Wednesday, February 8, 2017

James Bentley, a British veteran who fought for the US in the War of 1812

From Find-A-Grave
I was poking around local and genealogical websites looking for clues as to whether Lt. John Anderson of the 19th Infantry in 1812 was related in some way to Colonel John Anderson of the 2nd Michigan Regiment of Militia. Since Lt. Anderson, a West Point graduate whom I featured in my last "people of 1812" post, had settled in the Detroit area before being called back to the flag, I thought it possible he might be the son or nephew of the other Anderson. Such family connections were not uncommon during the war, and formed an important social tapestry underlying many events.

At any rate, I found this entry for a Monroe County veteran, Private James Bentley very interesting. Seems Bentley was a British deserter from the Battle of Copenhagen in 1801, who found himself caught up once again in the tides of war in 1812. He is listed as a Private in Captain Richard Smyth's Company of Cavalry, Legionary Corps of Michigan. Part of this unit, under Cornet Isaac Lee, was stationed in Frenchtown (Monroe) Michigan and fled south to Urbana, Ohio instead of surrendering. The distinction between the Legionary Corps and the Militia is important. The Corps was made up of volunteers, and Bentley may well have armed and equipped himself as a cavalryman for the war with Britain out of his own funds.

(From "Veterans Buried in Monroe County" Monroe Evening News, Saturday, April 17, 1951 [contributed to Genealogy Trails by Don King] accessed 2/7/2017)

James Bentley . Born Nov. 5, 1784 in England, he died Aug. 13, 1864. He married Amanda Barker, born Dec. 12, 1800, on Jan. 31, 1816. She died Apr. 18, 1889, in Monroe. They are buried in St. Paul's Cemetery in Monroetown. Mr. Bentley served as a non-commissioned officer under Gen. James Winchester and his wife was a witness to the war. As a British soldier at the ill-famed Battle of Copenhagen, Mr. Bentley deserted, as did many of his comrades, and in 1803 came to the River Raisin. He joined the militia company here of Capt. Issac Lee. After Winchester was defeated here, Bentley and 16 others from Frenchtown joined Gen. W.H. Harrison's force at Maumee and fought in the two sieges of Ft. Meigs. He frequently ran the gauntlet of British and Indian fire to bring water from the river. Harrison sent him to carry messages from the besieged fort to other posts. After the war he carried the mail from Maumee to Detroit, on horseback or, in wet weather, by canoe. With James Knaggs and Medard Labadie, both of Frenchtown, he was in the Battle of the Thames and all three witnessed the death of Tecumseh at the hands of Col. Richard M. Johnson of Kentucky. His wife came to Frenchtown with her stepfather, H. Brooks, and Stephen Downing in 1815. The Bentley and Downing farms adjoined.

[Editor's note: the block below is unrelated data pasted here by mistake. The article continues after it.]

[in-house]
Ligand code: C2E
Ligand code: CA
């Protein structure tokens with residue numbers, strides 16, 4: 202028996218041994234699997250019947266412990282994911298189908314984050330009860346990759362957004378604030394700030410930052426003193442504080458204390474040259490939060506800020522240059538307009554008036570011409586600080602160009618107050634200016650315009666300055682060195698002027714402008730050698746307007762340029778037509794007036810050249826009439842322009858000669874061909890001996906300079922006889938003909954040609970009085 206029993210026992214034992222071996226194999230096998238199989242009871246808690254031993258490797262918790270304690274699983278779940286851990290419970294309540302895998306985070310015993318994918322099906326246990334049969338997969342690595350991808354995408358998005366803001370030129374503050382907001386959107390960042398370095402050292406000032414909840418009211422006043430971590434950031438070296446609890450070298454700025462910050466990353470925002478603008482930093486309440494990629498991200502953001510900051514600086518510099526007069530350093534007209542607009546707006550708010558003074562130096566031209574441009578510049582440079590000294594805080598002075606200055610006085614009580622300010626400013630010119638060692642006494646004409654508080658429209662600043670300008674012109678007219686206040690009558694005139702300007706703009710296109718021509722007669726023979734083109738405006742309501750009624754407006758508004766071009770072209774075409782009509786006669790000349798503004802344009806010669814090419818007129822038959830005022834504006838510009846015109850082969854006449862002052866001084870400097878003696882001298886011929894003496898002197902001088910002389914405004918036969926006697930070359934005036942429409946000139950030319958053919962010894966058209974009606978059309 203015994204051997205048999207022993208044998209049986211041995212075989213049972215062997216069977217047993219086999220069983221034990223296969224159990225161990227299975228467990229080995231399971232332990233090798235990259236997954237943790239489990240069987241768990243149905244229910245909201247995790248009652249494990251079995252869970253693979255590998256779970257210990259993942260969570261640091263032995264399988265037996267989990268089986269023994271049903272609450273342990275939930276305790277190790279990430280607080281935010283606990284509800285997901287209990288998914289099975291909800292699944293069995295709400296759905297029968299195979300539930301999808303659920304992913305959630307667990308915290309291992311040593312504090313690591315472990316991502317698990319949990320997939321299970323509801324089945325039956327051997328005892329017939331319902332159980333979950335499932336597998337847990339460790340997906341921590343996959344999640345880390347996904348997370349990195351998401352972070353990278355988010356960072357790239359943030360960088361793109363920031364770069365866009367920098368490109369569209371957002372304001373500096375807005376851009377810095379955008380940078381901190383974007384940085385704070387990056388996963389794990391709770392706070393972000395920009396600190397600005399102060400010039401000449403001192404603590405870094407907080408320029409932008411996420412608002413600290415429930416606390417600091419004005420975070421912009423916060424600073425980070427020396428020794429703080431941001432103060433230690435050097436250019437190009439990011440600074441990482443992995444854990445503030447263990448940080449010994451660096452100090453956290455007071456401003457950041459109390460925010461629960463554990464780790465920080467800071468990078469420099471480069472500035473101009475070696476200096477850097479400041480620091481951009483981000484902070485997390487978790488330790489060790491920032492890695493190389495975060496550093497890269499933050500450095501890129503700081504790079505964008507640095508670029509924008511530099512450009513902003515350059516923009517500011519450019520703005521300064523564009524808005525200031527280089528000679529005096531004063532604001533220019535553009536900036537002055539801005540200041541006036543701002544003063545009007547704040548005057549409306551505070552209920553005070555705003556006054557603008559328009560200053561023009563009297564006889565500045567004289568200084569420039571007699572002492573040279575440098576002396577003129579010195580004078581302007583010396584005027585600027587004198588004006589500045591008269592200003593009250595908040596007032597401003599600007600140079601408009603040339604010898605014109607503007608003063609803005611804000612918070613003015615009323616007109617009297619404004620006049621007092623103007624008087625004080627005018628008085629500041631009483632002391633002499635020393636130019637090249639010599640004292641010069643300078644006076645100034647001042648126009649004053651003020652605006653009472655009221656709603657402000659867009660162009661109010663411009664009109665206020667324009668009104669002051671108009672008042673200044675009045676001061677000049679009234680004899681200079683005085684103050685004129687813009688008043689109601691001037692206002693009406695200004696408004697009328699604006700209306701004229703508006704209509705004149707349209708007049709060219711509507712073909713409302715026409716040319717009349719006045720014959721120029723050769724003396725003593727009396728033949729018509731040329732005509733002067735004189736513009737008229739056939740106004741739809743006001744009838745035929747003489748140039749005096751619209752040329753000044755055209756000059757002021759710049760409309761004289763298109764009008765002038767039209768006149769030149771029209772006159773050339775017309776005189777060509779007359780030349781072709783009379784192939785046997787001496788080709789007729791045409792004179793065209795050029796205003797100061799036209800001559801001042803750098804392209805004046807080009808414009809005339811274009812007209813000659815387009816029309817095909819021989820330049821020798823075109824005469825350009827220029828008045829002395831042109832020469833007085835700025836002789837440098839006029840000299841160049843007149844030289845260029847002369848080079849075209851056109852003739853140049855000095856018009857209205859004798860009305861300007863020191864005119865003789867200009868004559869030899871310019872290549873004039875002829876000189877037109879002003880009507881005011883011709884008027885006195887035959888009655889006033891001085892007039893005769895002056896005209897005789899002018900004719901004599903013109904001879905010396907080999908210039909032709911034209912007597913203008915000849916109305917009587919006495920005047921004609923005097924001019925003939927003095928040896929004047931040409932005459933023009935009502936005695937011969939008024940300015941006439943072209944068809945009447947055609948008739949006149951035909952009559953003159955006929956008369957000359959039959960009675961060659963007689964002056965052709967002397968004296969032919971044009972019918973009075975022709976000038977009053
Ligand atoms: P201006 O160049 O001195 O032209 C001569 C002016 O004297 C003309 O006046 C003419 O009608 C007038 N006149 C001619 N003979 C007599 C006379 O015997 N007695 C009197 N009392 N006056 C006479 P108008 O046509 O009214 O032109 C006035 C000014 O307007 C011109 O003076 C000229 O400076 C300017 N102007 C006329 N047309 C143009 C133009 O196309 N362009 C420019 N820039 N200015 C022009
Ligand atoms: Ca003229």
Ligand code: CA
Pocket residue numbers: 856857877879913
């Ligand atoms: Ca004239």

Here is the roll of Cornet Lee's troopers. They would have been attached to Major James V. Ball's Squadron of Light Dragoons and fought in most of the engagements and skirmishes of the 1813 campaign in the Northwest.
(From Diane Wolford Sheppard "Michigan Militia Members Serving in the War of 1812 – Part 2" in Michigan’s Habitant Heritage, Vol. 34, #2, April 2013, accessed 2/7/2017)

Detachment of Richard Smith’s Cavalry Troops attached to The Legionary Corps of Michigan Militia commanded by Isaac Lee, p. 62 [This detachment was stationed at River Raisin and fled to Urbana, Ohio, after Hull surrendered Detroit. They participated in the fall expeditions against the Native-American villages in Indiana Territory]
 Isaac Lee, Cornet, 1 May 1812
John Ruland, Corporal, 1 May 1812
James Bently, Private, 1 May 1812 
Scott Robb, Private, 1 May 1812
James Robb, Private, 1 May 1812
Robert Glays, Private, 1 May 1812
Saml Dibble, Private, 1 May 1812
William Hunter, Private, 1 May 1812
John Murphy, Private, 1 May 1812
Michael McDarmid, Private, 1 May 1812
Louis Hunter, Private, 1 May 1812
Samuel Young, Private, 1 May 1812
 Francis Moffett, Private, 1 May 1812
Silas Leviton? Private, 1 May 1812
Orin Roades, Private, 1 May 1812
James Knaggs, Private, 1 May 1812
Louis Drouillard, Private, 1 May 1812